VOL. 132 | NO. 65 | Friday, March 31, 2017
City of Memphis, Partners Urge Small Developers to Step Up
By Patrick Lantrip
With once seemingly impossible projects coming to fruition like the Crosstown Concourse and ServiceMaster converting the former Peabody Place mall into its new corporate headquarters, there’s a feeling in the city that no project is too big to tackle.
John Anderson spoke at the first session of the Emerging Developer Boot Camp, a series of workshops and training sessions meant to help first-time and aspiring real estate developers understand the finer points of building smaller projects and parcels.
(Daily News/Patrick Lantrip)
But what about the projects that are too small to tackle?
While the success of a project like Crosstown is not predicated on the vitality of the surrounding area, it will never reach its full potential without it.
And since filling in the individual gaps in the neighborhoods surrounding these large-scale projects isn’t economically viable for most of the major players, there is a growing need for small developers in Memphis to step up and fill in these gaps, which are among the last missing pieces to the puzzle of the Bluff City’s developmental renaissance.
Which is why the Memphis Medical District Collaborative, Neighborhood Preservation Inc., the Downtown Memphis Commission, Urban Land Institute Memphis and the city of Memphis teamed up to bring the Incremental Development Alliance to Memphis for the Emerging Developer Boot Camp.
“There are 30,000 vacant properties or buildings in the city of Memphis today,” MMDC president Tommy Pacello said. “I look at it as 30,000 opportunities.”
IncDev, a nonprofit alliance of practitioners who train emerging real estate developers and help citizens strengthen their own neighborhoods, held the first of a series of workshops and training sessions meant to help first-time and aspiring real estate developers understand the finer points of building smaller projects and parcels Wednesday, March 29.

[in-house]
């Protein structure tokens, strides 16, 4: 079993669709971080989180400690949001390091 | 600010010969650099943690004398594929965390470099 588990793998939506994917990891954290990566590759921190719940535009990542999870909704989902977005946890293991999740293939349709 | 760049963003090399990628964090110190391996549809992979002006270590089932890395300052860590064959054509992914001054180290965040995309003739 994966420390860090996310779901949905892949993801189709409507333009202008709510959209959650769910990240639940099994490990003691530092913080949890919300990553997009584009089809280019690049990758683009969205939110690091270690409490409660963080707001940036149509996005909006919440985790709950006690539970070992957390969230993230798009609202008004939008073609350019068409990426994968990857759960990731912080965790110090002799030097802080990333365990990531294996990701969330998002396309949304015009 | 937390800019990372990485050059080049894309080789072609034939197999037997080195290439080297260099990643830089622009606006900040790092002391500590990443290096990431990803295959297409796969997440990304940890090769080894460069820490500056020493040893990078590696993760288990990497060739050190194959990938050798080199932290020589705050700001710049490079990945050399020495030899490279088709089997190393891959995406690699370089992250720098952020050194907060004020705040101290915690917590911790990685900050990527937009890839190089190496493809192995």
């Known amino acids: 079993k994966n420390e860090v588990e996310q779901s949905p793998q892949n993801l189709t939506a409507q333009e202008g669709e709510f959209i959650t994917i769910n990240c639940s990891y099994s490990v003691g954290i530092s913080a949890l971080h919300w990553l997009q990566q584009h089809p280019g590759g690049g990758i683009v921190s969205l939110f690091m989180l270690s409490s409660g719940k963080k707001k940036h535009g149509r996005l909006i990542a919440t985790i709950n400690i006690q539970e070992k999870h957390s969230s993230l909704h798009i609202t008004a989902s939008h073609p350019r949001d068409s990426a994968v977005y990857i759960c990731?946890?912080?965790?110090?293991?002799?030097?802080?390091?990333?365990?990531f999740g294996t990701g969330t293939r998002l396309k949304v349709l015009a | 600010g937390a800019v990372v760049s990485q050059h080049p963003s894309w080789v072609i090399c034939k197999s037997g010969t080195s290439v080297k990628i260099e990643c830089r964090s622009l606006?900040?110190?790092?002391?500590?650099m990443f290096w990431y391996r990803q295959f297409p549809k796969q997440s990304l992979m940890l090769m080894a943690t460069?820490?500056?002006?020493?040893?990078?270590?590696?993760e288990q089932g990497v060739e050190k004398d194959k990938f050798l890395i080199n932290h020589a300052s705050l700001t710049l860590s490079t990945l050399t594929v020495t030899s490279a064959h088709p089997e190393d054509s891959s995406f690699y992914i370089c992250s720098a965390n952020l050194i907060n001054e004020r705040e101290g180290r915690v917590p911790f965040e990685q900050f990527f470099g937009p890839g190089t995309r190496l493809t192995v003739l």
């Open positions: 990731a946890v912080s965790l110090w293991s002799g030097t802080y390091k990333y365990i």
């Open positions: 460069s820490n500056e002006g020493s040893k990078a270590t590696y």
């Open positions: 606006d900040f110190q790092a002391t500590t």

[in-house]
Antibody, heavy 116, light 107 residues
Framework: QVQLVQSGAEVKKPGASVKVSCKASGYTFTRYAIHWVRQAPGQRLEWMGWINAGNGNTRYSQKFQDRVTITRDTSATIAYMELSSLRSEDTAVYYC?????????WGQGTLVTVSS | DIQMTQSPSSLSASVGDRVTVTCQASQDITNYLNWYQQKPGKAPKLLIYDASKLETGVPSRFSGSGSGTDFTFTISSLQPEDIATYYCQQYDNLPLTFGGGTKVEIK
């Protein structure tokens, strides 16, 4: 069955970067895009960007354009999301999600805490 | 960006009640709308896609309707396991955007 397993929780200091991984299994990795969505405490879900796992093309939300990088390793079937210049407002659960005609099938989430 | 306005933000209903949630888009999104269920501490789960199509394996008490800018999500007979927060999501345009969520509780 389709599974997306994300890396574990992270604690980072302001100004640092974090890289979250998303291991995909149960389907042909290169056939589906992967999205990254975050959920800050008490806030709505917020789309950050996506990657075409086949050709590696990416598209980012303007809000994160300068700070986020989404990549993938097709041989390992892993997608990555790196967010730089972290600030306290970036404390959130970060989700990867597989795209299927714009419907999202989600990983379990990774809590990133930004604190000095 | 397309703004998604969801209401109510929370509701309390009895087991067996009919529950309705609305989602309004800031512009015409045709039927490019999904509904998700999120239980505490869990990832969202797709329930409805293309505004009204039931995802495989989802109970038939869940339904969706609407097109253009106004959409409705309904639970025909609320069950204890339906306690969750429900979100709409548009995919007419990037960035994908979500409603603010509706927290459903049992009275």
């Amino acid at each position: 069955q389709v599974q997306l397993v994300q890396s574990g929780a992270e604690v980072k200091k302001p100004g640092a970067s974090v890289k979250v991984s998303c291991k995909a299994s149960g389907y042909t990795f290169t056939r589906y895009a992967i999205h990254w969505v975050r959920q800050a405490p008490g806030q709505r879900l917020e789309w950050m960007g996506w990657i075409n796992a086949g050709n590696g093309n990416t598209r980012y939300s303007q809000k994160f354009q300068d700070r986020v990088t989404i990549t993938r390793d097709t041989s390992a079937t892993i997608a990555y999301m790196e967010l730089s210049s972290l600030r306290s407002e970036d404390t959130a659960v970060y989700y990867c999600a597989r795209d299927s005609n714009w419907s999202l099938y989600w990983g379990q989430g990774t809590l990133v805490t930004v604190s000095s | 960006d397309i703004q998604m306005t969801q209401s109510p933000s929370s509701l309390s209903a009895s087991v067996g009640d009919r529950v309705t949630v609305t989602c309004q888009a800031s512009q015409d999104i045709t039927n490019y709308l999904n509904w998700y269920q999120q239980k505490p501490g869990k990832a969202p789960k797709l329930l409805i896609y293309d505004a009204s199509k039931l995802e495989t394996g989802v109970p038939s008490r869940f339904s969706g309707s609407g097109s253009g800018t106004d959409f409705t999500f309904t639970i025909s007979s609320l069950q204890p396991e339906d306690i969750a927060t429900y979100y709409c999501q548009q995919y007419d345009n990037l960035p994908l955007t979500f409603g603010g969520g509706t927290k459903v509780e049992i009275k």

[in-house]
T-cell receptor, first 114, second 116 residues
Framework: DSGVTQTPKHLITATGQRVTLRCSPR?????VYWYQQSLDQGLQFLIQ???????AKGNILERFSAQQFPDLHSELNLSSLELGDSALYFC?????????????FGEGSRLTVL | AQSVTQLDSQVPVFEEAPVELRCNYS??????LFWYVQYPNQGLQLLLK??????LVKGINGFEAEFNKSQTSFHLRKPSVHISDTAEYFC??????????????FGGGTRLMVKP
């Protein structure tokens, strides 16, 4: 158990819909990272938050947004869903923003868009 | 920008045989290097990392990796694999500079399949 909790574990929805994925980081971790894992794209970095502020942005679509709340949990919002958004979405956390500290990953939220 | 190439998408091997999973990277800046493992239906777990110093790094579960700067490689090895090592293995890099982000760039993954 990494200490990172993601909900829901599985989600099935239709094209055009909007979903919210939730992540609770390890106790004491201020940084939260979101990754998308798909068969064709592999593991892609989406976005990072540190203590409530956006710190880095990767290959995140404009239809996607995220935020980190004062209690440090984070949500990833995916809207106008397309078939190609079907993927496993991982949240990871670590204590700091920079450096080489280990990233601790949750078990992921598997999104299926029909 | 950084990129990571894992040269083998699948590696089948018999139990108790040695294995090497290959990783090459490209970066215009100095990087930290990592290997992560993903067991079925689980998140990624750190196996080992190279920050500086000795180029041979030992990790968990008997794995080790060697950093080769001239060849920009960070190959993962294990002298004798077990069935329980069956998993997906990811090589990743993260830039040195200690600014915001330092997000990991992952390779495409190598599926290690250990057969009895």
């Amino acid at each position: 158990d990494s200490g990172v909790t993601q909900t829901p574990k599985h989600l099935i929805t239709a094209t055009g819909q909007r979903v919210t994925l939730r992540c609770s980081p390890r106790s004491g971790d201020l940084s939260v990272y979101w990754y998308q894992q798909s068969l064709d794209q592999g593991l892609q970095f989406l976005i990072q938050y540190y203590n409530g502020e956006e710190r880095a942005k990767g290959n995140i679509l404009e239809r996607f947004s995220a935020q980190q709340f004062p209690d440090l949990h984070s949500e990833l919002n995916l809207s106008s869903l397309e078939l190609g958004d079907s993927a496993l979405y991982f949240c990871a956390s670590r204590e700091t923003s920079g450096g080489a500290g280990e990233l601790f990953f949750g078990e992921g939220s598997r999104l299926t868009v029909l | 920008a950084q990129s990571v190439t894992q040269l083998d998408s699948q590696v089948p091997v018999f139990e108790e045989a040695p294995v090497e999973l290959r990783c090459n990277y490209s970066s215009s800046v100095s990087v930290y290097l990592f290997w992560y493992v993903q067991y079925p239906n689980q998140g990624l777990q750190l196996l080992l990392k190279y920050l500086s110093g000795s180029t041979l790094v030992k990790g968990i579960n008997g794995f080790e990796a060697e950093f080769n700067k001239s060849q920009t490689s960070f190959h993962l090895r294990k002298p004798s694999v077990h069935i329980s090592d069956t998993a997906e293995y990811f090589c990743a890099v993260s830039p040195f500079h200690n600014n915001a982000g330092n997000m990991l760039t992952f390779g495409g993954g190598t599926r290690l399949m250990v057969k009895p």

“We got a great large-scale developer community in Memphis,” Pacello said. “But the sobering thing is that they’re not coming for all of those. There are a lot of opportunities for other people to get involved with this work who historically may not have been a part of the real estate game in Memphis.”
John Anderson, IncDev founding member and a principal of Anderson | Kim Architecture + Urban Design, was in town to lead the initial workshop, which was split into two sessions – a morning session at Memphis Bioworks and an evening recap at High Cotton Brewing Co.
“If there are 30,000 vacant buildings and parcels in Memphis, you’re not going to run out of opportunity because someone else built on the lot next to where you wanted to build,” Anderson said. “There’s another lot; there’s another building.”
Anderson said since the larger outfits in the city are busy with their own projects, it’s up to the residents of Memphis to take it upon themselves to rehab the city’s abundance of vacant properties one parcel at a time.
In an effort to help prospective lot-level developers navigate the financial and bureaucratic obstacles that someone without a history in real estate may run into, InDev will host two more boot camps – a one-day session on May 1 and a two-day follow-up Sept. 2.
The May camp will focus on building a small developer ecosystem and cover financing tools, building types, code hacking and asking for money. The September session will be more plan-oriented and will cover drawing a site plan, zoning, finding an occupant and making a pitch package.